What is the bird flu?

 

   
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Recognizing bird flu in poultry / humans

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How is the bird flu transmitted?

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Can other animals than birds be infected with the bird flu?

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Worst case scenario

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How to deal with the bird flu

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Nanosilver effect on virus

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Nanocid application in poltry training

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Nanocid productions have the following specialties

Avian influenza is an infectious disease of birds caused by type A strains of the influenza virus. All birds are thought to be susceptible to infection with avian influenza, though some species are more resistant to infection than others. Migratory waterfowl – most notably wild ducks – are the natural reservoir of avian influenza viruses, and these birds are also the most resistant to infection. Domestic poultry, including chickens, ducks, and turkeys, are particularly susceptible to epidemics of rapidly fatal influenza. There are many different subtypes of type A influenza viruses. Influenza A viruses are constantly changing, and they might adapt over time to infect and spread among humans.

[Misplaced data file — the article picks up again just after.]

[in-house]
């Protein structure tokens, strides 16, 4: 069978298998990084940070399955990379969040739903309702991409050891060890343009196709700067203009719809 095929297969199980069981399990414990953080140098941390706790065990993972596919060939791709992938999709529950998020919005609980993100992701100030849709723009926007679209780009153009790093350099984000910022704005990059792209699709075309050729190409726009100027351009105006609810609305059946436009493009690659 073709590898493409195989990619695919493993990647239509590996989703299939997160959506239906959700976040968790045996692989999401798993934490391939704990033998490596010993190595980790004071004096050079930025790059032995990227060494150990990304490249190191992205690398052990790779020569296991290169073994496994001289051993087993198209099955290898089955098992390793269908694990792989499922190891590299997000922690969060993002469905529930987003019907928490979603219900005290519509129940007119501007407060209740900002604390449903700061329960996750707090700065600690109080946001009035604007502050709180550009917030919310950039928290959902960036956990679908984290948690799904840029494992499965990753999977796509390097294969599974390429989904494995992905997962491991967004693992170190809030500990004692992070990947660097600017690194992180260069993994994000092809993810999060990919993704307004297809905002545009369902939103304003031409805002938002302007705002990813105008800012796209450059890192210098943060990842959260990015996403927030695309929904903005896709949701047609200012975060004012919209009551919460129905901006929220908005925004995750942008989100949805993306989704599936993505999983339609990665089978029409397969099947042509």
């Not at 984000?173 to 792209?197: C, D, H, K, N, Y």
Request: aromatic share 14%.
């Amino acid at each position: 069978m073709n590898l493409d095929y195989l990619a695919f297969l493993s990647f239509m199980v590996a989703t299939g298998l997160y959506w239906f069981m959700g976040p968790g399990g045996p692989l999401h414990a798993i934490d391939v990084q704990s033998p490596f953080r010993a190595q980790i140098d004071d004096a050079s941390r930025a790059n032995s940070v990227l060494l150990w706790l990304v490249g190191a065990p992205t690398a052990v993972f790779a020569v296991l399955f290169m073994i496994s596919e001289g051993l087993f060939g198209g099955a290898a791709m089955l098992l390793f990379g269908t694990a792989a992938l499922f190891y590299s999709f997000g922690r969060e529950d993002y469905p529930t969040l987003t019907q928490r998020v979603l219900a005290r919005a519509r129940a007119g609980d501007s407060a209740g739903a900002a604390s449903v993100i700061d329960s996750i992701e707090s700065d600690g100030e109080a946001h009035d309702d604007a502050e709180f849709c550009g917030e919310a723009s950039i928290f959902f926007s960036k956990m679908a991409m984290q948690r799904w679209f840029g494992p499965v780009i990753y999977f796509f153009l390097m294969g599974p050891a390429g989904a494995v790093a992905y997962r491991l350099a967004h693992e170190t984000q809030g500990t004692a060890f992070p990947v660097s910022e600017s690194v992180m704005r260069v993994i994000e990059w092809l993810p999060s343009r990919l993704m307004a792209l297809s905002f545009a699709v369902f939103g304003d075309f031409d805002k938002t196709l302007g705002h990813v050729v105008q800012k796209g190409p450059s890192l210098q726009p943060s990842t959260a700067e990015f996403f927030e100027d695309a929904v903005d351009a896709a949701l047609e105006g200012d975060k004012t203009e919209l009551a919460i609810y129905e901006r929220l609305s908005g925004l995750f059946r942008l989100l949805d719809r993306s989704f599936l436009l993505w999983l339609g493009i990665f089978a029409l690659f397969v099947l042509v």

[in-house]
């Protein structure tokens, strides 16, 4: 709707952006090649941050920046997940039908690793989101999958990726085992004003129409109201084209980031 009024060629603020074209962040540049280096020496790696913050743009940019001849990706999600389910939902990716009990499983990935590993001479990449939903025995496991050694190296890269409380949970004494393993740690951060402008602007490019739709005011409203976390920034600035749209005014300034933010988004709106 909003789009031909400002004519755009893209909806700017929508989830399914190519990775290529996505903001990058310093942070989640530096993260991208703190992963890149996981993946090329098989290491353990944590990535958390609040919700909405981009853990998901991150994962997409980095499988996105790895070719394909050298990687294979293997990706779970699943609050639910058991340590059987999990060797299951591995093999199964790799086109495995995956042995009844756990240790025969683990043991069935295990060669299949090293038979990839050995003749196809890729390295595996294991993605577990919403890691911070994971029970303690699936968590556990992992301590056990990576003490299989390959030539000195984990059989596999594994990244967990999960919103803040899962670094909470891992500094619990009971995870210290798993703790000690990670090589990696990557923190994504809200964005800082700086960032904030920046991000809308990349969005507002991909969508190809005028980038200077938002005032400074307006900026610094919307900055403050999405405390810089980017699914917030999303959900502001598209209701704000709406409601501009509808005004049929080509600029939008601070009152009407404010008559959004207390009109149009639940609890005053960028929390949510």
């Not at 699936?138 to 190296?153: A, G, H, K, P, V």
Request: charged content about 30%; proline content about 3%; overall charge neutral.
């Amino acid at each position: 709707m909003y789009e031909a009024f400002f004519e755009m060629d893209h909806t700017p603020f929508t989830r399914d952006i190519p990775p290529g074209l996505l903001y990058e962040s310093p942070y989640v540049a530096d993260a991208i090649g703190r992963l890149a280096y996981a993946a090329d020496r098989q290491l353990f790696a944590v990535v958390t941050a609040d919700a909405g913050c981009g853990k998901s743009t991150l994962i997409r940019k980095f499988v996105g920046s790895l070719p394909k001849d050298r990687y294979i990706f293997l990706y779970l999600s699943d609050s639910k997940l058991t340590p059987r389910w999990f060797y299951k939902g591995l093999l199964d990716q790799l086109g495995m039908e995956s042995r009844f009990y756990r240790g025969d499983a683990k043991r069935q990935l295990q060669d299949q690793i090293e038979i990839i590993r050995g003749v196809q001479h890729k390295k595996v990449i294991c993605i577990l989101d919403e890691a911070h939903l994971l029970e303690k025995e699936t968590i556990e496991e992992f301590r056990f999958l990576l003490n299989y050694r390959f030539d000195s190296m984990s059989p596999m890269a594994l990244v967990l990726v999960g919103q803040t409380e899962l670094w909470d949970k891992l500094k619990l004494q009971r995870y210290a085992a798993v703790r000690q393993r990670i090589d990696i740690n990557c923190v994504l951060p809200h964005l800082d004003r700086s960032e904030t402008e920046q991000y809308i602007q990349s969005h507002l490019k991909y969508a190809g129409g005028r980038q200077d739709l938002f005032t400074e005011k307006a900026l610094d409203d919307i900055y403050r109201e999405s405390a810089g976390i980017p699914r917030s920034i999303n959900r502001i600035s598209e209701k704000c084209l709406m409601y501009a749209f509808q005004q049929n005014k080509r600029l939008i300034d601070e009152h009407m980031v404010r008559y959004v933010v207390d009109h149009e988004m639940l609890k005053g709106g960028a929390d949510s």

Recognizing bird flu in poultry / humans

Infection causes a wide spectrum of symptoms in birds, ranging from mild illness to a highly contagious and rapidly fatal disease resulting in severe epidemics. The latter is known as “highly pathogenic avian influenza”. This form is characterized by sudden onset, severe illness, and rapid death, with a mortality that can approach 100%.